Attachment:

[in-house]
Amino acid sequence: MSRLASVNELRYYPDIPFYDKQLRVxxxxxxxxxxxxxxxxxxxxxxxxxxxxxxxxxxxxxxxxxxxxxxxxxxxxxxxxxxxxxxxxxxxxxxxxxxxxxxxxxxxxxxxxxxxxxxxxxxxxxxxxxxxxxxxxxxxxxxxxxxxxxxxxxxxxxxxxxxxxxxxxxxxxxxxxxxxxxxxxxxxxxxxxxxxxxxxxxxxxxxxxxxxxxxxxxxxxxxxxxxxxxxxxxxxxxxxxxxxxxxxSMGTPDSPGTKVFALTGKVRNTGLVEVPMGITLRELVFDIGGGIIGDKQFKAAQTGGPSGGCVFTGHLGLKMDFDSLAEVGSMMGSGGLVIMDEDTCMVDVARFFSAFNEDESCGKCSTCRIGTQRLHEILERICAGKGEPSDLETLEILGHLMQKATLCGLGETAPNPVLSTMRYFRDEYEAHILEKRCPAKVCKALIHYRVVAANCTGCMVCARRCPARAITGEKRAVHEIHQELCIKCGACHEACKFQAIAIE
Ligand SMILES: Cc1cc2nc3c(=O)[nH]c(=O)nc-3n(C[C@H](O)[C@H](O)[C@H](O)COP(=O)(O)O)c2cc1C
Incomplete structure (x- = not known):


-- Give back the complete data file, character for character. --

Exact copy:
[in-house]
Amino acid sequence: MSRLASVNELRYYPDIPFYDKQLRVxxxxxxxxxxxxxxxxxxxxxxxxxxxxxxxxxxxxxxxxxxxxxxxxxxxxxxxxxxxxxxxxxxxxxxxxxxxxxxxxxxxxxxxxxxxxxxxxxxxxxxxxxxxxxxxxxxxxxxxxxxxxxxxxxxxxxxxxxxxxxxxxxxxxxxxxxxxxxxxxxxxxxxxxxxxxxxxxxxxxxxxxxxxxxxxxxxxxxxxxxxxxxxxxxxxxxxxxxxxxxxxSMGTPDSPGTKVFALTGKVRNTGLVEVPMGITLRELVFDIGGGIIGDKQFKAAQTGGPSGGCVFTGHLGLKMDFDSLAEVGSMMGSGGLVIMDEDTCMVDVARFFSAFNEDESCGKCSTCRIGTQRLHEILERICAGKGEPSDLETLEILGHLMQKATLCGLGETAPNPVLSTMRYFRDEYEAHILEKRCPAKVCKALIHYRVVAANCTGCMVCARRCPARAITGEKRAVHEIHQELCIKCGACHEACKFQAIAIE
Ligand SMILES: Cc1cc2nc3c(=O)[nH]c(=O)nc-3n(C[C@H](O)[C@H](O)[C@H](O)COP(=O)(O)O)c2cc1C
Incomplete structure (x- = not known):